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Hospital failings led to death of Antiques Roadshow expert.


Neglect and gross failure by hospital staff to quickly attempt resuscitation contributed to the death of a TV Antiques Roadshow expert, an inquest has ruled.

Alice Gibson-Watt, 34, died in 2012 from a brain injury caused by a cardiac arrest, the inquest jury at West London Coroner's Court concluded.

A week earlier, Alice Gibson-Watt had been restrained by police and ambulance staff in a case of post-partum psychosis, a month after giving birth to her first child but the coroner ruled that the use of restraint was not a factor in her death.

The inquest heard that Alice Gibson-Watt was admitted to A&E at Chelsea and Westminster Hospital following the psychotic episode and then taken to the Lakeside Mental Health Unit in West Middlesex Hospital.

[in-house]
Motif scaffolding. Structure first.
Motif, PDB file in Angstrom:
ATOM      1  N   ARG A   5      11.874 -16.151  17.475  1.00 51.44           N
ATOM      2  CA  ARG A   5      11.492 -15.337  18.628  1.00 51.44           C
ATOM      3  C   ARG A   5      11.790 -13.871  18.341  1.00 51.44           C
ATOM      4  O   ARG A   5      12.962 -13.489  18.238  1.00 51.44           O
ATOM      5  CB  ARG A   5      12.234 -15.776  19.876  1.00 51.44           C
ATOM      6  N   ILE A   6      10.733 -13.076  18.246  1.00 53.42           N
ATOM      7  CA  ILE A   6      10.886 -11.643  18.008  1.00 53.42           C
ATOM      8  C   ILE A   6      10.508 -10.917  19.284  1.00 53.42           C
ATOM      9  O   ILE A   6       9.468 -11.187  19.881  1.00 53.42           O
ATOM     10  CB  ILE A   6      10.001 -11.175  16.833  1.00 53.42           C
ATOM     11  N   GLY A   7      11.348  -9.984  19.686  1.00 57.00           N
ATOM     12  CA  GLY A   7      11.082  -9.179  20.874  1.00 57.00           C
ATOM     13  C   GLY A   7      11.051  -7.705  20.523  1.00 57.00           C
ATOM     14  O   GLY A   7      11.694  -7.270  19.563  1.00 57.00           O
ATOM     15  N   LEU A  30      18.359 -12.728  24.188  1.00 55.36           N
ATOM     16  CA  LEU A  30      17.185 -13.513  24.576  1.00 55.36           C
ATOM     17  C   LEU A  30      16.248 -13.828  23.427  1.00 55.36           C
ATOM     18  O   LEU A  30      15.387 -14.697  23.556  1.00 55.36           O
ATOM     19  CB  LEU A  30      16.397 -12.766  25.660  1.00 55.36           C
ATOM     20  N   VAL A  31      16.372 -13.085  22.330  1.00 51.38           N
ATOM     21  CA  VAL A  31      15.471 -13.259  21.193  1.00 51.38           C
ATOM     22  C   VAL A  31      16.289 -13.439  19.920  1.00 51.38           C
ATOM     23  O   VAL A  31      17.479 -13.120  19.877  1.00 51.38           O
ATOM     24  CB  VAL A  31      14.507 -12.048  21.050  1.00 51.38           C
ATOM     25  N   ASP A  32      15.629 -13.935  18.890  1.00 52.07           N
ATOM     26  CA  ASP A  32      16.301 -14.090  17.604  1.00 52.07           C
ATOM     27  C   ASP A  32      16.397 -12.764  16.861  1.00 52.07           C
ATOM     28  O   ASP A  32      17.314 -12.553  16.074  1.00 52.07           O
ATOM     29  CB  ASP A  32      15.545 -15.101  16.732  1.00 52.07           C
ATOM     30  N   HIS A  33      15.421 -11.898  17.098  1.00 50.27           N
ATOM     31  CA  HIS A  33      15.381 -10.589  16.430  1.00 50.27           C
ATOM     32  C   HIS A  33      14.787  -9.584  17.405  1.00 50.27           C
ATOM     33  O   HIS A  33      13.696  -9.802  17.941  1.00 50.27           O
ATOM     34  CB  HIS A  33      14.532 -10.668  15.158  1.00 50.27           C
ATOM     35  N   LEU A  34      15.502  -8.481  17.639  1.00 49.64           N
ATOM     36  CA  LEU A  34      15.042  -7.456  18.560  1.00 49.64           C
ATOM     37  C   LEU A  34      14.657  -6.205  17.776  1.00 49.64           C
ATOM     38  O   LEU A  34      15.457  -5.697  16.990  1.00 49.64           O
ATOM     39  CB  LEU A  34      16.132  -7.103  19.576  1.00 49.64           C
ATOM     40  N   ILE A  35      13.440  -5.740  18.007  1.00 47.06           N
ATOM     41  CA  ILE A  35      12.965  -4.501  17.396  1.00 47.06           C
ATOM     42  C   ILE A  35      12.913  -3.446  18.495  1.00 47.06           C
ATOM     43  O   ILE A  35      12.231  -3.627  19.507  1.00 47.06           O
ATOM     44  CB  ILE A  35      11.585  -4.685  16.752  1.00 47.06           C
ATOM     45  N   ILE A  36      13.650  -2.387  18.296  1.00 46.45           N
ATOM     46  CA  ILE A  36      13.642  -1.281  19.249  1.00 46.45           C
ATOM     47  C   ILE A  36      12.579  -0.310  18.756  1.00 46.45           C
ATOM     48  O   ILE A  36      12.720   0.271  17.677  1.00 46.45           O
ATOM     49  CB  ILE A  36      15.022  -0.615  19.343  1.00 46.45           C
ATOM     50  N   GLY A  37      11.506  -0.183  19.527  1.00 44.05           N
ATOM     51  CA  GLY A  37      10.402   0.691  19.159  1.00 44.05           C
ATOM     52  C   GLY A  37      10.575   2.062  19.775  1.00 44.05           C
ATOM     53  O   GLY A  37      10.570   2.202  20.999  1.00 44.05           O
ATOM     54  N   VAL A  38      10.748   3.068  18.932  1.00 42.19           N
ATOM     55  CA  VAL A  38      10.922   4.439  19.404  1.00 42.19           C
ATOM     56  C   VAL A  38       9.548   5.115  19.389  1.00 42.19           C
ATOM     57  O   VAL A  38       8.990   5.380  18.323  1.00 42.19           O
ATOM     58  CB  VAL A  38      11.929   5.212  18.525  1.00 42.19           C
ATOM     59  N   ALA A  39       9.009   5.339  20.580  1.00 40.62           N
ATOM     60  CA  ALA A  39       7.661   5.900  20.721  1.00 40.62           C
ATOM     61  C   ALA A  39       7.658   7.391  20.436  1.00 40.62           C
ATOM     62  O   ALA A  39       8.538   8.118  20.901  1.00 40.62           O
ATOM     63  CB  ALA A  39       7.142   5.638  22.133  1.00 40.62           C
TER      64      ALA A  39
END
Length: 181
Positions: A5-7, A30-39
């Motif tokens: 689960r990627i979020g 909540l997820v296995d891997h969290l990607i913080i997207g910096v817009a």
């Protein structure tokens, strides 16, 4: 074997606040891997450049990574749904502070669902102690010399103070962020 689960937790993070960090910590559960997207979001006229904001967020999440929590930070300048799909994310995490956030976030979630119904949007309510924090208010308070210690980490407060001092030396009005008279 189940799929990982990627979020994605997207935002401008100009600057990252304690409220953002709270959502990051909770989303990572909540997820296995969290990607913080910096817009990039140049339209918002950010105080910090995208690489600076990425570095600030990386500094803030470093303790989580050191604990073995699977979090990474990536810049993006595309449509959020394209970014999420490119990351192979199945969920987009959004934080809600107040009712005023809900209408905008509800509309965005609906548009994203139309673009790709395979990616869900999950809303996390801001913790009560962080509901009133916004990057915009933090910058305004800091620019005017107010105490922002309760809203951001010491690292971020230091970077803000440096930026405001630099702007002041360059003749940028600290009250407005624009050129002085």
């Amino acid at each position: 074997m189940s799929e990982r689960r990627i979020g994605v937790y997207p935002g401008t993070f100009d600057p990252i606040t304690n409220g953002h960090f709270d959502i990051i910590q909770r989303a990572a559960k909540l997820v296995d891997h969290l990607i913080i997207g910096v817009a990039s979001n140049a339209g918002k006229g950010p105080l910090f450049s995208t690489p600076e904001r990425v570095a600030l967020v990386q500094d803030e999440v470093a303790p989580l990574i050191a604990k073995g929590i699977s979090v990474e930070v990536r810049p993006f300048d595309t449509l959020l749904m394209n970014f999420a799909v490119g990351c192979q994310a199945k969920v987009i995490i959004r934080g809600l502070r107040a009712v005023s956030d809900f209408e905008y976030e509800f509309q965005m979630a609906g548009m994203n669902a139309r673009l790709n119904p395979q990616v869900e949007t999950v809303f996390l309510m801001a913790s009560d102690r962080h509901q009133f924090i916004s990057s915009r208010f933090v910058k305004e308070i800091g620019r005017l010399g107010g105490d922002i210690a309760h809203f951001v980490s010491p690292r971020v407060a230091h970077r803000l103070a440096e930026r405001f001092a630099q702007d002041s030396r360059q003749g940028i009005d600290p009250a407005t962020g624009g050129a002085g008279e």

On November 16 Mrs Gibson-Watt, a jewellery specialist for Sotheby's, had a cardiac arrest after which a nurse checked and found no pulse, the inquest heard.

Her heart was recorded as restarted at 03:48, after emergency paramedics had used a defibrillator.

She was then moved to a life support machine at King's College Hospital in London, but died on 20 November after a brain scan pronounced her "life extinct.”

Doctors giving evidence at the inquest said that, if there had been a proper response to the cardiac arrest, the brain injury that ultimately caused her death could have been avoided.

Her husband, Anthony Gibson-Watt, had called 999 after his wife started screaming, wailing and crawling around on all fours on 13 November.

He told the inquest that she was suffering delusions that their daughter had died.

Postpartum psychosis is a serious mental illness that can severely alter someone's thinking, emotions and behavior and affects around one in 1,000 women after they have a baby.

The illness tends to occur within the first two weeks after giving birth, but it can start later. The main symptoms are hallucinations and delusions.

Experts don't know why it occurs in some women but fluctuations in hormones and changing sleep patterns may play a role.

Women are more likely to develop postpartum psychosis if another member of their family has also suffered from the illness.